I've been trying to figure out what the out-of-pocket max for someone at 150% of FPL is. In the Massachusetts system it's about $3000. For a family of 4 earning $33K, that's real money, especially if you have to pay it every year. But to pay it once every fifteen years will not always lead you to ruin. The insurance company would accept a payment plan over a year, you'd be out $250 per month for a year, which would be highly unpleasant, but again, once every fifteen years is not catastrophic.

However it's totally unclear under Baucuscare what the out-of-pocket max is. For those who don't qualify for subsidies, I read something like 100% of HSA maximum, which is $11K for a family, which is absolutely insane, and some smaller but still insane number for people in the subsidy lane.

Posted by: NicholasBeaudrot | September 16, 2009 1:50 PM | Report abuse

It is important to remember that, for a person who has no assets, "medical bankruptcy" is a tax on creditors, not the individual. The old adage that 'You can't get blood out of a turnip' is true: the red herring of "medical bankruptcy" is far less true, making some published studies absolutely meaningless.

Consider a person who has $200K in medical bills, rents an apartment (or owns a mortgaged primary residence), makes only twice his state's minimum wage, but has $500K in an ERISA-protected retirement account. If this person declares Chapter 7 bankruptcy (due to inability to pay the $200K medical bills), what does he actually loose? Nothing!

Posted by: rmgregory | September 16, 2009 1:56 PM | Report abuse

"Medical bankruptcy, in other words, isn't going away."

This should mean then that the bill is unacceptable to Obama, no?

Posted by: slantedview | September 16, 2009 1:56 PM | Report abuse

I don't understand why "the" question is what happens when people get sick. Isn't the more general question for prospective legislation, what happens to societal welfare as a whole? At the very least, it's worth comparing the benefits to those who newly have insurance and get sick, to the costs to those who are forced to buy insurance and do not get sick. The post by Beaudrot that you cite emphasizes the latter: millions of families will now have to pay hundreds of dollars more per month. Now, it may make sense for various reasons to force such people to buy insurance (since, at least for big disasters, society already foots the bill), but in terms of social welfare, there are still a *lot* of people who, in the aftermath of this bill, will be a) still healthy, and b) significantly poorer. "Affordability" is not just a matter of looking a who gets sick, or who will or won't go bankrupt.

Posted by: Ulium | September 16, 2009 2:01 PM | Report abuse

One problem I see with Nick Beaudrot's figures is that they don't take account of more and more employers dropping health care or reducing coverage both because they can no longer afford it and because they believe their employees can buy better care individually with Baucuscare than now, so why not.

Conrad is at least right that projecting more than a few years in the future is chancy at best, though he is wrong about most everything else. I think that the health care and economic environment is apt to be worse in 5 years than now.

Posted by: Mimikatz | September 16, 2009 2:02 PM | Report abuse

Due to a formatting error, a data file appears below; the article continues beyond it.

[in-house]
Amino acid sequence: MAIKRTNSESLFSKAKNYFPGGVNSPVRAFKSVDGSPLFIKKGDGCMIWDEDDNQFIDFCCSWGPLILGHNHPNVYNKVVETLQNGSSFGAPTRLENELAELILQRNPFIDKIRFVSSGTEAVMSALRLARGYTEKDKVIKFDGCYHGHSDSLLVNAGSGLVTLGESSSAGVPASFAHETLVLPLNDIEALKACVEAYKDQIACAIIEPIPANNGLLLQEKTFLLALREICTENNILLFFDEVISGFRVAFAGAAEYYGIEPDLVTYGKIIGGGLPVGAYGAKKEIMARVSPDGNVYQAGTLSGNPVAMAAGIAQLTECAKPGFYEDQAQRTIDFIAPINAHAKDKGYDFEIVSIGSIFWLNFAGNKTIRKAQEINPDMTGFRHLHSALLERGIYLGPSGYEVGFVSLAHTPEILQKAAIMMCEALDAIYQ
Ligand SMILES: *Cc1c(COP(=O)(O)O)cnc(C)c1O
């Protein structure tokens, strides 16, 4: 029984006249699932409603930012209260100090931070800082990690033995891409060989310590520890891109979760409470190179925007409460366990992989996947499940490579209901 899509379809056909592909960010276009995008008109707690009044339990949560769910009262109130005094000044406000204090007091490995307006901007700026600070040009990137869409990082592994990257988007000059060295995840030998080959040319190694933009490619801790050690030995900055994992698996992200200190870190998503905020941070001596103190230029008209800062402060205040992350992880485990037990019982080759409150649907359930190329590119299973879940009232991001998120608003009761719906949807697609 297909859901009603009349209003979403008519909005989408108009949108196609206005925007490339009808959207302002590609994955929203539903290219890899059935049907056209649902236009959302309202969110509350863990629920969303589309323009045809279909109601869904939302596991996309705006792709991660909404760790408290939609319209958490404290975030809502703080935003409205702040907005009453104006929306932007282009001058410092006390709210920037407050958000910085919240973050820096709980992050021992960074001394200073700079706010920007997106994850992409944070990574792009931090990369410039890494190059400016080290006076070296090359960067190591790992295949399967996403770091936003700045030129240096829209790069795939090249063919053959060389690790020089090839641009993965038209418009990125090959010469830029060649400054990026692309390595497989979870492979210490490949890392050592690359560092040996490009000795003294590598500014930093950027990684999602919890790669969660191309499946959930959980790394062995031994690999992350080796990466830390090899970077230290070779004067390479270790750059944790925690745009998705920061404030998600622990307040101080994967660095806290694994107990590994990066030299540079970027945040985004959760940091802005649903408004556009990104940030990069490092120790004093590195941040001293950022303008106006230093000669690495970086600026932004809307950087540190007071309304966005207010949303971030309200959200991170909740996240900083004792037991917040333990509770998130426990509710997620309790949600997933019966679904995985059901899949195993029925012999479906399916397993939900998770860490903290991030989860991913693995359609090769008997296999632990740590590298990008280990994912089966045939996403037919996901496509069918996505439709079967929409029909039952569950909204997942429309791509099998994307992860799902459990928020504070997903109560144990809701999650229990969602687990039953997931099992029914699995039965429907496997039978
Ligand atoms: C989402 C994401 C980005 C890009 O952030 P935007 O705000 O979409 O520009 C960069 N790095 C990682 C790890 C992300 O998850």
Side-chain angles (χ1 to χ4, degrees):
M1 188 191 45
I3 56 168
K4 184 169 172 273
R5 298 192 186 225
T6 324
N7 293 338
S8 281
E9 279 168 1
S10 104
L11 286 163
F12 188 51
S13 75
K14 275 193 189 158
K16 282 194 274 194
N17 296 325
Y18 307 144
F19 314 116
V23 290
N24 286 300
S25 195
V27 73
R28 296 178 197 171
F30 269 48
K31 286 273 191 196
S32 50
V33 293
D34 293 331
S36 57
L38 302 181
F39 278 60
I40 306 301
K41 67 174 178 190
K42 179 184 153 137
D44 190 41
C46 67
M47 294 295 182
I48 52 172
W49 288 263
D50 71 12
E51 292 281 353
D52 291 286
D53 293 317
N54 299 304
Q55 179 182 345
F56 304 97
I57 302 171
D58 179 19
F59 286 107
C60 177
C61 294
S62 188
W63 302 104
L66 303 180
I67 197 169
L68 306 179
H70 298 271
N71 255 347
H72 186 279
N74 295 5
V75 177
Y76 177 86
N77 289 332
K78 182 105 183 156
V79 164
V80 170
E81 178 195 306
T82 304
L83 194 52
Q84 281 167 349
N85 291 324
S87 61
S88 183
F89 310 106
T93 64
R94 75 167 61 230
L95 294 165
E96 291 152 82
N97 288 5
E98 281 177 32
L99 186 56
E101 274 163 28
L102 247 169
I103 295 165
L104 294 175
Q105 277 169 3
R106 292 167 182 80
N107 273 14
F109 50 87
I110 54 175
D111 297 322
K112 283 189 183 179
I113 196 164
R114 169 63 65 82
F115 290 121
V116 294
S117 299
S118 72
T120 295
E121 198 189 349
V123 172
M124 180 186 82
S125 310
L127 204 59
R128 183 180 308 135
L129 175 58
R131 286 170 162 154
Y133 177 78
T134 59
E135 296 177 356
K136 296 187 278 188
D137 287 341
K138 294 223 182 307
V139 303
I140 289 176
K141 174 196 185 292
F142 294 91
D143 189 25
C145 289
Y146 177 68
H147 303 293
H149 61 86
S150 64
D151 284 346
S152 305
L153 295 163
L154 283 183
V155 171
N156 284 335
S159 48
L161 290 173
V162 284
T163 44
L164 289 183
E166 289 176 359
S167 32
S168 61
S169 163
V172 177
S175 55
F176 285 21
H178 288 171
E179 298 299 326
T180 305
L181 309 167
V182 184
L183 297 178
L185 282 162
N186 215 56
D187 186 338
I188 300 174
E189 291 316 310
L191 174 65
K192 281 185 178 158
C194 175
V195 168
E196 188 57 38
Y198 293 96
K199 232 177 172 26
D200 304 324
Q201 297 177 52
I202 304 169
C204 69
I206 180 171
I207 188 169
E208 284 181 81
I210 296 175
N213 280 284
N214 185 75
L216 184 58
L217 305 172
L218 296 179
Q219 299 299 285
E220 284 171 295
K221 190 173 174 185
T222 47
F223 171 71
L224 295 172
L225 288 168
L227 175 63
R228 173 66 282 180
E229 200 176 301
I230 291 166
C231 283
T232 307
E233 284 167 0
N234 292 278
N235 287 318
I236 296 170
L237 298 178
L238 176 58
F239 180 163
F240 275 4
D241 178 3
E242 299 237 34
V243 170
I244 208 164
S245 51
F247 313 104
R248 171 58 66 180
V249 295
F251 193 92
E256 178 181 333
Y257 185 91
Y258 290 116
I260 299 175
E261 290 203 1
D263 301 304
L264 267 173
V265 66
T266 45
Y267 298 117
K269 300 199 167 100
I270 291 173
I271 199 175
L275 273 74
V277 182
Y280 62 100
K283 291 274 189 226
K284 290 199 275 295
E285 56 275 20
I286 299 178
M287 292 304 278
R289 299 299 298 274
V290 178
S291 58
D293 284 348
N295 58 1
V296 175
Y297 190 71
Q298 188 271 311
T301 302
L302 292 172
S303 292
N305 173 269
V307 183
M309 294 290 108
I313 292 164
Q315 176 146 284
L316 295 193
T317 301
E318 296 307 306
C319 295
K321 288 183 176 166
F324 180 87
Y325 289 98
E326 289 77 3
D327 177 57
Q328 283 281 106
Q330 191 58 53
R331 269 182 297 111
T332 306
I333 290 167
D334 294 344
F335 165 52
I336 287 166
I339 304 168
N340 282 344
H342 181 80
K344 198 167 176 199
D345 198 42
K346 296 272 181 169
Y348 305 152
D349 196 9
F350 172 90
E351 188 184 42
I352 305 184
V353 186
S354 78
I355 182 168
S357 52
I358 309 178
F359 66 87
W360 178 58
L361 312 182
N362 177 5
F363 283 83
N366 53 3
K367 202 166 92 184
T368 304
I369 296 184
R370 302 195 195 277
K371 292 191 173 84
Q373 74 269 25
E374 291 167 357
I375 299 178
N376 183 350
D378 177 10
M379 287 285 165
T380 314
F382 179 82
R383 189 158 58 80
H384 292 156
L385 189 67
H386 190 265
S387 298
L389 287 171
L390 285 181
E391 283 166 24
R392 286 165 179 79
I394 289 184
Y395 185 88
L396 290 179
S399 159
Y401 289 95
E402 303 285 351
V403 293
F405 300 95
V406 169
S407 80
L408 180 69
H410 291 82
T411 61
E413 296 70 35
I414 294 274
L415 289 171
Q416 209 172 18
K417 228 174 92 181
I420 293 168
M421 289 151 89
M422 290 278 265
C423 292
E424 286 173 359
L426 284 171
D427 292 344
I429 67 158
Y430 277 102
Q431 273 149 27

The Canadian government has found that 15% of bankruptcies in Canada are medical, even with UHC, primarily because a person that sick cannot continue working. The best we can hope for is to limit medical bankruptcy; it's really difficult to make it disappear entirely.

Posted by: tomtildrum | September 16, 2009 2:34 PM | Report abuse

its IMPOSSIBLE to make it disappear entirely. Even these caps aren't true caps. What if you had the best public option available but you went to a hospital and had open heart surgery and oops, the surgeon didn't accept the public option. hello medical bankruptcy.


obama is not as dumb as Rockefeller and give back all he got in these bills to pull a veto. He'd be killing the chances of re-election of many Democrats in 2010 if he did that.

Posted by: visionbrkr | September 16, 2009 2:42 PM | Report abuse

=And the answer is pretty much that people making more than 200 percent of the poverty line will be less ruined than they'd be under current law, but still facing tens of thousands of dollars in out-of-pocket expenses a year.=

In other words, the fundamental issue with the American medical system isn't going away. Cheers.

=Consider a person who has $200K in medical bills, rents an apartment (or owns a mortgaged primary residence), makes only twice his state's minimum wage, but has $500K in an ERISA-protected retirement account. If this person declares Chapter 7 bankruptcy (due to inability to pay the $200K medical bills), what does he actually loose? Nothing!=

Is that after he gets to go through the horrendous experience of getting everything that isn't specifically protected spent for medical care, and after the harrowing issue of dealing with your creditors? You make bankruptcy sound like such fun.

Of course, you also miss the point of the studies, which point out that insurance was no protection against bankruptcy - a dagger at the very heart of the current health care system in America.

Posted by: guardsmanbass | September 16, 2009 2:49 PM | Report abuse

"If this person declares Chapter 7 bankruptcy (due to inability to pay the $200K medical bills), what does he actually loose? Nothing!"

Shorter rmgregory: declaring bankruptcy? Lucky duckies!

Posted by: pseudonymousinnc | September 16, 2009 3:04 PM | Report abuse

This is unacceptable.

Health insurance that does not offer protection from bankruptcy in the event of a medical emergency is not insurance, it is a scam.

Posted by: adamiani | September 16, 2009 3:06 PM | Report abuse

I think visionbrkr's open heart surgery example would be an EMTALA violation. That is, I don't think you could balance-bill.

The term "medical bankruptcy" is poorly defined, but we could certainly have much better out of pocket caps. However we have to get the health care industry to eat more of the costs for these subsidies.

Basically what's happened is the insurers have squeezed lower income workers all they can and now they're turning to the government to keep the gravy train running. It's ridiculous.

Posted by: bmull | September 17, 2009 5:35 AM | Report abuse

The comments to this entry are closed.

RSS Feed
Subscribe to The Post

© 2010 The Washington Post Company